High-rate nitrification of saline wastewaters using fixed-bed reactors
Fixed-bed reactor (FBR) is a promising technology for realising robust high-rate nitrification. Only a few studies have investigated the effect of salinity on these systems. In this research work, the effect of gradual stepwise increase in chloride concentration (NaCl content) on the performance of high-rate nitrifying FBRs was studied at loading rates of about 1 kg NH4+-N∙m-3∙d-1 at 25 °C. Two lab-scale FBRs having stable biofilms (adapted to 4 g Cl−/L) grown on commercial media – plastic carrier fed with nanofiltration (NF) permeate of a landfill leachate concentrate, and clay beads fed with synthetic saline wastewater, respectively – were operated using up-flow velocities (u) of about 12 and 8 m/h, respectively, for a period of about 100 days, wherein the chloride content of the feed water was increased from 4 to 16 g/L (electrical conductivity: 13–45 mS/cm). On an average, the FBR packed with plastic carriers (u ≈ 12 m/h) offered ammonia removal percentages greater than 97%, whereas the FBR filled with clay beads due to its low bed porosity (and therefore, u ≈ 8 m/h only) gave nitrification efficiencies of about 70% only. The organic compounds contained in the NF permeate were found to temporarily inhibit the nitrifiers (causing nitrite accumulation), whereas the ammonia removed in the clay beads-packed FBR was transformed almost entirely into nitrate. Increase in chloride content did not have any observable detrimental effect on the performance of the reactors.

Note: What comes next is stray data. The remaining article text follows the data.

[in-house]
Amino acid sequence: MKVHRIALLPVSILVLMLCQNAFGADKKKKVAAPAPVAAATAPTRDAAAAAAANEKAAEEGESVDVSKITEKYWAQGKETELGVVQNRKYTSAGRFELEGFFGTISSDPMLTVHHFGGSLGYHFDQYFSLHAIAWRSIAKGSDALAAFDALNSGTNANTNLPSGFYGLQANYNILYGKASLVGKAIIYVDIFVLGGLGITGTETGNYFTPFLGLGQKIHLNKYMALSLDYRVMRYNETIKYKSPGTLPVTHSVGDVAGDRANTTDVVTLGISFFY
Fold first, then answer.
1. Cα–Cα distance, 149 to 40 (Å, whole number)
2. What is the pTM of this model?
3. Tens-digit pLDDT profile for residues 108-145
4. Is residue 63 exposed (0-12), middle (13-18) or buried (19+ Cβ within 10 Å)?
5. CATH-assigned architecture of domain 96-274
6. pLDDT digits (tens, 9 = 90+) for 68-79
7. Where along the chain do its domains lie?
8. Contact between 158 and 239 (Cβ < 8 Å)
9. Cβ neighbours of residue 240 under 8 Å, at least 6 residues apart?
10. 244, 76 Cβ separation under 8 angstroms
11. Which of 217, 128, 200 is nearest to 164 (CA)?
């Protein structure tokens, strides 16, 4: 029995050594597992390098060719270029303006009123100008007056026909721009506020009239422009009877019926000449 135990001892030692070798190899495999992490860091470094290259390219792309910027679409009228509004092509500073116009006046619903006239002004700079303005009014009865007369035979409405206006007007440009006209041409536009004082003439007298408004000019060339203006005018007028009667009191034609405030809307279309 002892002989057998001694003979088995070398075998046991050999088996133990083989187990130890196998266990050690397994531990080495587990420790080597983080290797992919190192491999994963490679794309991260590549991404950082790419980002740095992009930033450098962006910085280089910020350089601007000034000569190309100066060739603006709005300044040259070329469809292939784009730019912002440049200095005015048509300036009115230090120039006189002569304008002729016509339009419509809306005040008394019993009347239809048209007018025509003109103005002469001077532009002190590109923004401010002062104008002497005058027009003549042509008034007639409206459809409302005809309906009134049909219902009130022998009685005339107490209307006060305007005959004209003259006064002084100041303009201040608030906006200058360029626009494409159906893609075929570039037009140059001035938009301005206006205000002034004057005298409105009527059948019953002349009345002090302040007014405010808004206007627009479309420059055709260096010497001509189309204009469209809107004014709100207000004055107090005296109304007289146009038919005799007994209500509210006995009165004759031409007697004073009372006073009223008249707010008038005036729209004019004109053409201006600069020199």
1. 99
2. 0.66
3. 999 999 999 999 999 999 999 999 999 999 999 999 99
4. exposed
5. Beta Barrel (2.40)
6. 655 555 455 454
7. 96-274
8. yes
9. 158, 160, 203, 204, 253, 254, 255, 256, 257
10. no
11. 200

000: Allgemeines, Wissenschaft